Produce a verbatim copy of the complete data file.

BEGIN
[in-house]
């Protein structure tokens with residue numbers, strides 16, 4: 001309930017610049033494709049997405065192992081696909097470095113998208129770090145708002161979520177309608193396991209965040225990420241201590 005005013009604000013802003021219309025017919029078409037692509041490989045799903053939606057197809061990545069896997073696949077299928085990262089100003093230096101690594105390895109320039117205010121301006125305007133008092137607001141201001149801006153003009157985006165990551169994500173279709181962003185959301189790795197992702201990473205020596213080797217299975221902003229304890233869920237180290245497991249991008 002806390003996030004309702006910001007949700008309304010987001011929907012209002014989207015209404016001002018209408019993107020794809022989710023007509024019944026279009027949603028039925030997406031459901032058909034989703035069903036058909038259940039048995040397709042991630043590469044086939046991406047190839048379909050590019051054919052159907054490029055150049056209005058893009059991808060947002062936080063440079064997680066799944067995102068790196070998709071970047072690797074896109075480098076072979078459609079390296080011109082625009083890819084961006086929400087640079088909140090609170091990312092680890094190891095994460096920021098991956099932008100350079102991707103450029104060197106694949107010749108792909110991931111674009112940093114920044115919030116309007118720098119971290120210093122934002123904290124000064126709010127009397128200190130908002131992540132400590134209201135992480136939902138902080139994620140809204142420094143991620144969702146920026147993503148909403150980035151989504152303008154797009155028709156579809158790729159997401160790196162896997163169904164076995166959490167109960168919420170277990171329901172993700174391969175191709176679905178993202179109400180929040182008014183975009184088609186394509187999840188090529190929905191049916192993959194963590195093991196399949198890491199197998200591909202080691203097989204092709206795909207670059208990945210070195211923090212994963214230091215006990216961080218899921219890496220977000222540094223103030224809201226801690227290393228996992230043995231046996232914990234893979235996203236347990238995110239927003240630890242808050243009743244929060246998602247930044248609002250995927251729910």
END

[in-house]
């Protein structure tokens with residue numbers, strides 16, 4: 001309930017610049033494709049997405065192992081696909097470095113998208129770090145708002161979520177309608193396991209965040225990420241201590 005005013009604000013802003021219309025017919029078409037692509041490989045799903053939606057197809061990545069896997073696949077299928085990262089100003093230096101690594105390895109320039117205010121301006125305007133008092137607001141201001149801006153003009157985006165990551169994500173279709181962003185959301189790795197992702201990473205020596213080797217299975221902003229304890233869920237180290245497991249991008 002806390003996030004309702006910001007949700008309304010987001011929907012209002014989207015209404016001002018209408019993107020794809022989710023007509024019944026279009027949603028039925030997406031459901032058909034989703035069903036058909038259940039048995040397709042991630043590469044086939046991406047190839048379909050590019051054919052159907054490029055150049056209005058893009059991808060947002062936080063440079064997680066799944067995102068790196070998709071970047072690797074896109075480098076072979078459609079390296080011109082625009083890819084961006086929400087640079088909140090609170091990312092680890094190891095994460096920021098991956099932008100350079102991707103450029104060197106694949107010749108792909110991931111674009112940093114920044115919030116309007118720098119971290120210093122934002123904290124000064126709010127009397128200190130908002131992540132400590134209201135992480136939902138902080139994620140809204142420094143991620144969702146920026147993503148909403150980035151989504152303008154797009155028709156579809158790729159997401160790196162896997163169904164076995166959490167109960168919420170277990171329901172993700174391969175191709176679905178993202179109400180929040182008014183975009184088609186394509187999840188090529190929905191049916192993959194963590195093991196399949198890491199197998200591909202080691203097989204092709206795909207670059208990945210070195211923090212994963214230091215006990216961080218899921219890496220977000222540094223103030224809201226801690227290393228996992230043995231046996232914990234893979235996203236347990238995110239927003240630890242808050243009743244929060246998602247930044248609002250995927251729910």